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Chess is booming among teens

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Two tweens sit opposite each other playing a game of chess.

Photo: Steve Russell/Toronto Star via Getty Images

In some schools, it’s become a problem, but at most, it’s encouraged

Chess has always been a part of Henry Lien’s life. He’s played it since he was 5 years old or so, his tiny hands just big enough to hold the pieces. He grew up in a part of the Bay Area, Marin, which is known for producing a few excellent chess players, so his schools always had a good chess team and coaches. Lien even created a nonprofit around it, ChessPals, through which he teaches the game at local schools. No one would ever call chess a niche; it’s an old game with a ton of history, played by millions across the world. But in high school, it’s typically contained to its own circles, played in chess clubs. And that’s why Lien was shocked when he showed up at school one day in January and saw chess everywhere.

“I have no idea what happened in January, but since then I’ve seen probably 90% or 80% of our school playing chess,” Lien told Polygon. “It used to be probably 20%.”

And it’s not only Lien’s high school. Nationwide, people are playing a lot more chess — usually online or in apps. Both middle and high school kids are playing chess on their phones in the hallways between classes, sneaking moves in when their instruments are down during orchestra practice. Students at one school even turned the winter formal into a makeshift chess tournament.

“I heard some cheering down one of the hallways off the main dance area,” Hunter Nedland, a South Dakota-based biology teacher, told Polygon. “I figured some mischief was going on. I was surprised to find a group of freshmen sitting with their laptops and phones in the middle of some very heated chess games.” Nedland said upperclassmen have started calling chess the “weird freshman thing,” due to the ubiquity of the game with younger students — but noted that it’s spread across all grades, too. Most teachers said it’s a lot of male students, but that female students partake, too.

These schools reflect an increased interest in chess that began in 2020, credited in part to Netflix’s The Queen’s Gambit. Chess hadn’t seen this level of popularity since the 1972 World Chess Championship, according to the New York Times. That was the first chess boom. Since then it’s grown even more popular, and in January, chess hit middle and high school students. The abrupt boost in popularity caused Chess.com, the most popular chess app, to crumble, forcing the company to upgrade its servers significantly. By late January, Chess.com had 10 million active members, it said; in April, it hit around 12 million per day. That’s in contrast to its usership before the pandemic, which was fewer than 2 million active players.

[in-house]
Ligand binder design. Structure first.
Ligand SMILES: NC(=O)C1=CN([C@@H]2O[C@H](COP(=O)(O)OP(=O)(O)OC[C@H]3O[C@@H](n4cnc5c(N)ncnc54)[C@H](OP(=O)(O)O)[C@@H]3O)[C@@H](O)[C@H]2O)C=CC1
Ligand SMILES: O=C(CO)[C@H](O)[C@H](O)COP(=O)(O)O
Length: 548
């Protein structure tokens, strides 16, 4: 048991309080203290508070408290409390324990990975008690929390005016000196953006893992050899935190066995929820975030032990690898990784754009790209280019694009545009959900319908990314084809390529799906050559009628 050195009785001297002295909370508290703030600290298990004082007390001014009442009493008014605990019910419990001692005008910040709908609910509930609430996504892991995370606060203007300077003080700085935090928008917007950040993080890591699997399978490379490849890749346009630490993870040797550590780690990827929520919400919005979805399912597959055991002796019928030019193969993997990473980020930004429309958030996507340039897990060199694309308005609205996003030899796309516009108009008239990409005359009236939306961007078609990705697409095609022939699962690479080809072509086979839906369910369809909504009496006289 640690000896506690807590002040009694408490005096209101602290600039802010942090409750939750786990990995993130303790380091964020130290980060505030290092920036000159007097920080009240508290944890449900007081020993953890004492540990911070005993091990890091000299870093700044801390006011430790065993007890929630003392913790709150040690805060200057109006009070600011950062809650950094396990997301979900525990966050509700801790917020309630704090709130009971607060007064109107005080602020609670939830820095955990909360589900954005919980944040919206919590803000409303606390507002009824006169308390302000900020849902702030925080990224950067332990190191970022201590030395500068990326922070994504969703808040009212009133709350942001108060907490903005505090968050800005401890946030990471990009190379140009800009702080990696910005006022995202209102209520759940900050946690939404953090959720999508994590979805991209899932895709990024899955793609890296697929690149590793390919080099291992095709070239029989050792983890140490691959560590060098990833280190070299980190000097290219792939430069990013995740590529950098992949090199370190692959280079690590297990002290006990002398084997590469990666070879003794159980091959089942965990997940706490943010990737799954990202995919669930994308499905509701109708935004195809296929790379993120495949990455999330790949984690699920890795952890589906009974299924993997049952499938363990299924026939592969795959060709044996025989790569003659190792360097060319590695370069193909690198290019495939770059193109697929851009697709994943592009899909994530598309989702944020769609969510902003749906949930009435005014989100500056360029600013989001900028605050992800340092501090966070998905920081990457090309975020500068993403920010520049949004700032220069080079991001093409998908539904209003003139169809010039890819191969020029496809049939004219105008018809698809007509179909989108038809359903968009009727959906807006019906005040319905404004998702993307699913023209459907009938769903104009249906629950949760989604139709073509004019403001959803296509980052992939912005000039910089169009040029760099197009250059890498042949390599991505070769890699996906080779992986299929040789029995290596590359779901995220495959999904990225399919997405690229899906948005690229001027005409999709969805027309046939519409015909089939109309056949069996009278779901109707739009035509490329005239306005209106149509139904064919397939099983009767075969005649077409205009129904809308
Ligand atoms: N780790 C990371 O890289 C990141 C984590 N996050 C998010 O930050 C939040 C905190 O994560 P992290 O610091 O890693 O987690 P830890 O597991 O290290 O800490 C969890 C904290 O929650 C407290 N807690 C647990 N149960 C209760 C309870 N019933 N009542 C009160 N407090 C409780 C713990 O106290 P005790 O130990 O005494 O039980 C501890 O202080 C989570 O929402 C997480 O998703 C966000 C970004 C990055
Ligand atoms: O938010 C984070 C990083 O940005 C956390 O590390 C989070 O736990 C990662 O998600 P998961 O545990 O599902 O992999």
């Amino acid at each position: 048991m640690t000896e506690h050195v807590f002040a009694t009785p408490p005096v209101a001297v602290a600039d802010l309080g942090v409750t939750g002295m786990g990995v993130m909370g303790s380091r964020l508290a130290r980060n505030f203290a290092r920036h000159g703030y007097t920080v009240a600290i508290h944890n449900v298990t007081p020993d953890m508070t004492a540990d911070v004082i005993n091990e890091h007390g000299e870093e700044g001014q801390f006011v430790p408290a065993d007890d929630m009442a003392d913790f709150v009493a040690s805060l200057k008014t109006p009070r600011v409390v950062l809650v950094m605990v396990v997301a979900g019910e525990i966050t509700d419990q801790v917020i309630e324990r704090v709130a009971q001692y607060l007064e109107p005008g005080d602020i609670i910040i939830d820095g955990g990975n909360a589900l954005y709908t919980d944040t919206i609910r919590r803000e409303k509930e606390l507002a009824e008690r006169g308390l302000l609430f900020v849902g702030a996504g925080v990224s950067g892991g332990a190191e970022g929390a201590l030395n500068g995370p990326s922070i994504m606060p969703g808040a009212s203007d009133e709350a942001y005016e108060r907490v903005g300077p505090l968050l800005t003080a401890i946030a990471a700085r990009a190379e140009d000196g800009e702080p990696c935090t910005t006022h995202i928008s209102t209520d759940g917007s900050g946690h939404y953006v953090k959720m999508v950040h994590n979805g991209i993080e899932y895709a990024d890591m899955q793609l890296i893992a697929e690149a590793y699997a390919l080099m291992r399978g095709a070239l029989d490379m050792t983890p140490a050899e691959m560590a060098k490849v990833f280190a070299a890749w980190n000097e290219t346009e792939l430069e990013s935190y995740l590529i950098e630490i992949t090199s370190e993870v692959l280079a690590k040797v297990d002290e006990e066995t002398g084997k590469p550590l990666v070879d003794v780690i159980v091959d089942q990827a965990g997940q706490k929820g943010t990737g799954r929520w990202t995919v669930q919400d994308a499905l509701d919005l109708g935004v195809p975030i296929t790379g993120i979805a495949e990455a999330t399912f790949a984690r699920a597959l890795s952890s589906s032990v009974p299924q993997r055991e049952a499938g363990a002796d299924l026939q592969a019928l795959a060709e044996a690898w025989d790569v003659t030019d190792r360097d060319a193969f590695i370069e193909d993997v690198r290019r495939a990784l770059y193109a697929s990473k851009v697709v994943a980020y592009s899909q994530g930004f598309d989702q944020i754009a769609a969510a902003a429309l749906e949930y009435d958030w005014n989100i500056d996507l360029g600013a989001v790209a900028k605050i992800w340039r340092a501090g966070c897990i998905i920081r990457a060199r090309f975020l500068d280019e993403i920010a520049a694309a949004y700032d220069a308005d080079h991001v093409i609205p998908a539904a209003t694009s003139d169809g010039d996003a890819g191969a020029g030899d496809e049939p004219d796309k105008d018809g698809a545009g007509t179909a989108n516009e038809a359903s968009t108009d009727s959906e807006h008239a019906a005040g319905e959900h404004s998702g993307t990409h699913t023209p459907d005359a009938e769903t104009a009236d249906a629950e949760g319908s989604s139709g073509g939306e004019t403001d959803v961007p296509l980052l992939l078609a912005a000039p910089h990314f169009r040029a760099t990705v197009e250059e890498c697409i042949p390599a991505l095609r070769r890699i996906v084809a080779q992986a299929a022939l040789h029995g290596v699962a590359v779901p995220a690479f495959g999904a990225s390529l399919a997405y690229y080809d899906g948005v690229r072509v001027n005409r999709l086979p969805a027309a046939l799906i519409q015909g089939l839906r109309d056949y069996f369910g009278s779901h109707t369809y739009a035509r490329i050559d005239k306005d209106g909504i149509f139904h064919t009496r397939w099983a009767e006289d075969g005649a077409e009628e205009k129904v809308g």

Queen’s Gambit: girl sits at chess board

Photo: Charlie Gray/Netflix

Chess’s popularity isn’t necessarily sudden, given that data — it’s been growing steadily since 2020. But the new growth among teens certainly does seem sudden, according to the teens, teachers, and chess experts that Polygon spoke to over the past week. Schools that don’t have chess clubs are rushing to start them. Teachers are confused but pleased to see a wholesome new hobby. Administrators are struggling with how chess is disrupting classrooms at times, and are blaming it for attention issues and drama in classrooms and hallways. Can you ban chess? Some schools have reportedly had to.

Levy Rozman, a popular chess content creator who goes by GothamChess online, told Polygon his YouTube channel peaked in January — he got 25 to 30% of his lifetime views during that time. Even now, months later, traffic has declined, but it’s still 10 times higher than the first chess boom, when The Queen’s Gambit came out in 2020.

“All kids across all high schools [and middle schools] in the U.S. are playing chess and screaming out chess memes,” Rozman told Polygon. “What a time to be alive. I don’t remember anything like this even in 2019 when I was just a chess teacher.”

There’s no easy answer for how chess has spread among preteens and teens. The general popularity of the game following The Queen’s Gambit is absolutely part of it. Chess’s anal bead controversy may have given chess a boost, too: A cheating scandal involving Hans Niemann and Magnus Carlsen, not actually involving anal beads, thrust chess into the spotlight. Last year, Carlsen accused Niemann of cheating in a chess tournament. Niemann responded the following month with a lawsuit against Carlsen and Chess.com. But the cheating scandal made headlines highlighting the anal bead controversy above anything, a theory that originated as a joke in Twitch chat and on a chess meme Reddit thread. That’s where a commenter suggested Niemann used anal beads to cheat against Carlsen. A Reddit thread expanded on that, joking that Carlsen is the originator of the trick — a supercomputer embedded in anal beads — that was later stolen by Niemann. Though the theory is totally unverified, it still took the scandal over the edge and into viral notoriety.